Colorado Yoga Teacher Trainers Up in Arms Over Regulations, Freezes on Teacher Certification

Jan 31, 15 Colorado Yoga Teacher Trainers Up in Arms Over Regulations, Freezes on Teacher Certification

Lawmakers in Colorado wants to regulate yoga teacher training — and tempers have flared for normally calm yogis and studio owners alike.

In December, a state agency that oversees private occupational schools sent letters to 82 yoga teacher training programs, saying that they needed to comply with a 2002 law that demands registration with the state.

But many of those studio owners who received letters pointed out that just six teacher training programs have actually registered with the state Division of Private Occupational Schools.

Yoga teachers met with state lawmakers on Tuesday, Jan. 27, to debate the issue, and what was supposed to be just half an hour for public comments turned into over an hour of debate and discussion.

Most of the teachers who attended the meeting said that yoga teacher training isn’t about gainful employment — the standard that most private occupational schools have to meet. Instead, yoga is about self-fulfillment, and most who are registered yoga teachers don’t work in the industry full time unless they run their own studios, which are set everywhere from busy downtown areas to quiet master planned communities.

Further, they argued, yoga teacher training programs are already overseen — not by a government agency but by a private regulatory body that specializes in setting standards for yoga teachers and studios.

The Yoga Alliance establishes guidelines for teacher training classes, from the most basic requirements for 200 hour training to specialized training to teach children’s or prenatal yoga.

A basic 200-hour teacher training includes areas of study such as yoga techniques and practice; teaching methodology and practicum; yoga philosophy and ethics; and anatomy and physiology related to yoga poses.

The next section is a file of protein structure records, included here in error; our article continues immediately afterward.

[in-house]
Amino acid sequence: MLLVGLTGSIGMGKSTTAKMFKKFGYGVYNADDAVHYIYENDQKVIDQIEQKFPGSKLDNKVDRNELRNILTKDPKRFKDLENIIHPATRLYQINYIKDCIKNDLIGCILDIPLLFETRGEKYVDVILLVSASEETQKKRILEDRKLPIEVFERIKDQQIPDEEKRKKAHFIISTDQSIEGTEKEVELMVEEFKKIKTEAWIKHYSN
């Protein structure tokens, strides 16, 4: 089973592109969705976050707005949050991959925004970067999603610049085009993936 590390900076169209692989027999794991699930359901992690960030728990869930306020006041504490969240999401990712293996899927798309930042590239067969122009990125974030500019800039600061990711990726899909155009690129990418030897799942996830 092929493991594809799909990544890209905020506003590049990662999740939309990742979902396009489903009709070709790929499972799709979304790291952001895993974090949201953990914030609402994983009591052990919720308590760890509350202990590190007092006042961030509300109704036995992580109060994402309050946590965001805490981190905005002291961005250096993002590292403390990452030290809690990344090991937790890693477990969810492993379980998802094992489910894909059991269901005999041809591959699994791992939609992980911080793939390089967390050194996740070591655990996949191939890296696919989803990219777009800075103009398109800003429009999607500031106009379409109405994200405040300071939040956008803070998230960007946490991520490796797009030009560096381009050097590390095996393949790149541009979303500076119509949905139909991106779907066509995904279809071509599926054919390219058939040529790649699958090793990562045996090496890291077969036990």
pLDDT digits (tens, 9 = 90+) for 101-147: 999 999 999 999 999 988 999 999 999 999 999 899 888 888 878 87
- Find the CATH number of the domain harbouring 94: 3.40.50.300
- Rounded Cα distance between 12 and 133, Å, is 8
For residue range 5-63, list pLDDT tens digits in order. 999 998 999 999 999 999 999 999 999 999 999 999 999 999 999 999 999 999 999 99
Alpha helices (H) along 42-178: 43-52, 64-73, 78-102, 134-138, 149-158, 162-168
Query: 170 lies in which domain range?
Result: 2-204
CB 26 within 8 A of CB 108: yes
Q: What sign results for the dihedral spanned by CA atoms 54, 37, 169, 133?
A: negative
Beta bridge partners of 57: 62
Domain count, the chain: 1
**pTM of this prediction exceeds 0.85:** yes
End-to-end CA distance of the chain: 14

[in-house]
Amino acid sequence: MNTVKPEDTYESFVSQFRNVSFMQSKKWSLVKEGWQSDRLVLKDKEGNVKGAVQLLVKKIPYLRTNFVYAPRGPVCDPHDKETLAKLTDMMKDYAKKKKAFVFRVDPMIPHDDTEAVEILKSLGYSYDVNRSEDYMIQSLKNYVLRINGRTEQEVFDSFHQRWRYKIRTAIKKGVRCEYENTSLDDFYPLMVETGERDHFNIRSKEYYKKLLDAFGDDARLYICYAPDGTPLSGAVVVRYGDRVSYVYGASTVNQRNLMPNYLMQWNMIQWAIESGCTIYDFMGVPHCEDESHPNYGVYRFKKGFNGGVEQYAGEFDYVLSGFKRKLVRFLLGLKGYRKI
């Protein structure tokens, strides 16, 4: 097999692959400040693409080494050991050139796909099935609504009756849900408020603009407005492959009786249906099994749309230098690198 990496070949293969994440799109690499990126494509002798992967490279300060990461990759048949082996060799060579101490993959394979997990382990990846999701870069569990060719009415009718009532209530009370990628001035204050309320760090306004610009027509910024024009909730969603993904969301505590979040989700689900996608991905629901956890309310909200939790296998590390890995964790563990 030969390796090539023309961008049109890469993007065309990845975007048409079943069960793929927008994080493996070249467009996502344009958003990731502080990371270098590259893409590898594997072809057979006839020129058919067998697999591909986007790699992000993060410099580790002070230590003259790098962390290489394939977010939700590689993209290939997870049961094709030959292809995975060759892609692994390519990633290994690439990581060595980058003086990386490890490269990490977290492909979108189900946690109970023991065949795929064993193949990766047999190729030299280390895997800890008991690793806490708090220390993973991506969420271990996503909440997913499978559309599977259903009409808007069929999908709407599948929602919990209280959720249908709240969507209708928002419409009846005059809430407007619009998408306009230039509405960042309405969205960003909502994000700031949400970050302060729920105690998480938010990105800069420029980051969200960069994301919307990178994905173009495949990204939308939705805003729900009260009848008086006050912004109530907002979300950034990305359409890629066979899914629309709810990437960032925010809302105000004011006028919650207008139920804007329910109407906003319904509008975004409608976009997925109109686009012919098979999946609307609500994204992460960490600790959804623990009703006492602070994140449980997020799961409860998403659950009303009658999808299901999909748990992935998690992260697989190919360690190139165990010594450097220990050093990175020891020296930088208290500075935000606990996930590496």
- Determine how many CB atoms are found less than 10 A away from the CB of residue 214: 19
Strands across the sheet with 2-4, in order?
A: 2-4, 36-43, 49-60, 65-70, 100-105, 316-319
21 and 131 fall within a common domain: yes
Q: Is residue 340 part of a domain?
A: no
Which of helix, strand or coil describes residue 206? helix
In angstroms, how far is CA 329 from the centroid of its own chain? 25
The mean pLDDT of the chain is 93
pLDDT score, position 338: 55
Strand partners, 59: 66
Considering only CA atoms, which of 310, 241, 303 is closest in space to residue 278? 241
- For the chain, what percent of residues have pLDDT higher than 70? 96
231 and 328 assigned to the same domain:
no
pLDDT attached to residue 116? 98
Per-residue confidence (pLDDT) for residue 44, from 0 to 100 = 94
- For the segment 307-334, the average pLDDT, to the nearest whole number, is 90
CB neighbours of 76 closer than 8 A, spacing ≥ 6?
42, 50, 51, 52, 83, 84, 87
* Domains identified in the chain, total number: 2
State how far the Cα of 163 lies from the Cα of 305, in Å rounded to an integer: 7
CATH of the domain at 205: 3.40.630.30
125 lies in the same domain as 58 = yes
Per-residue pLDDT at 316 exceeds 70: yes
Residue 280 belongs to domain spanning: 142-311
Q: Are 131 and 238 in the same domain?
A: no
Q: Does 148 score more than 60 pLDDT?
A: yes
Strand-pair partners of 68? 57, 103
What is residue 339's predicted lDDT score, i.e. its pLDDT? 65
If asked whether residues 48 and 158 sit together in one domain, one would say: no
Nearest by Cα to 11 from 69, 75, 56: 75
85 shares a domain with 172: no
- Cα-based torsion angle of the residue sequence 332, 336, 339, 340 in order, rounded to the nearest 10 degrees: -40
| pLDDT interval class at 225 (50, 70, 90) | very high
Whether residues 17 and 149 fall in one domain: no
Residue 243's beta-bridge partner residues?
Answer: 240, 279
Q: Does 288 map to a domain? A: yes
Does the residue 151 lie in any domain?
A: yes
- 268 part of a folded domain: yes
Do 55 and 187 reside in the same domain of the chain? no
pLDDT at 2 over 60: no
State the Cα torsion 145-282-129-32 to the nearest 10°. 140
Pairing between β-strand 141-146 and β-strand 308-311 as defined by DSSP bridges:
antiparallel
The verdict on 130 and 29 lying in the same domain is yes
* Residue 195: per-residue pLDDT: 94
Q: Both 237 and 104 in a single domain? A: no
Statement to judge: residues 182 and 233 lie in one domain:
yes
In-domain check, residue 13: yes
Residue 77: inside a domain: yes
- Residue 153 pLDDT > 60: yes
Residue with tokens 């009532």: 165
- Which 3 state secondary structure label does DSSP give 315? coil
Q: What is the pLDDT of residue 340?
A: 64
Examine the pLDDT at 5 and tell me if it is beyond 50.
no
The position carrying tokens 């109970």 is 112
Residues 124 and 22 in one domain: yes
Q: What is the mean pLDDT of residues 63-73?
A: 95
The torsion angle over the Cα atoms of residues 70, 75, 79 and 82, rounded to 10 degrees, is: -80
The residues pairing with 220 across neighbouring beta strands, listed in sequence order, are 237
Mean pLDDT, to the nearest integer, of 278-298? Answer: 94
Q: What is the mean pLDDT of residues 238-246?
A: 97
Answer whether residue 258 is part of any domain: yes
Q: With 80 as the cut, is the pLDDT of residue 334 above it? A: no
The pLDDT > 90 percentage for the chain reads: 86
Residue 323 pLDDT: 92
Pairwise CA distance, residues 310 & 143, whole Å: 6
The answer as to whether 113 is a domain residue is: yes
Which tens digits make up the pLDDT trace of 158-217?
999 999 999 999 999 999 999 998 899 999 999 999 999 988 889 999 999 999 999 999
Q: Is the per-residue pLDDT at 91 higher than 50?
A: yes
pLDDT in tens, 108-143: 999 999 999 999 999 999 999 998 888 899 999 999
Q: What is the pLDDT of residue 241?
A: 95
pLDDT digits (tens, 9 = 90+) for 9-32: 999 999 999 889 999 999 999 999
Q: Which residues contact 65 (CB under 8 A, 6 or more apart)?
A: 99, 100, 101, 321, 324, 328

Training regarding anatomy and physiology in yoga helps prospective teachers understand the health benefits and risks for their students. For example, a yoga practice of three months or more can significantly improve lung function in patients with chronic conditions like Chronic Obstructive Pulmonary Disorder (COPD) or other breathing issues. However, teachers also have to know when their students may be at risk for injury, especially when attempting trickier poses in class.

Yoga teacher training schools registered with Yoga Alliance typically charge $3,000 or more for their services. With the crackdown on Colorado’s yoga teacher training school regulations, however, those fees could go up.

But occupational training schools in Colorado, which can cover any topic from dog grooming to truck driving, are charged $1,750 for initial provisional certification for two years and $1,500 for a renewable certificate every three years.

Any “agent” authorized to enter into a contract with a student is charged $175 plus $3.75 per student per quarter. The schools must secure a bond of at least $5,000 once they’ve been certified.

As of now, the state has put a halt to yoga teacher certifications. The board will meet again in March to discuss the topic.

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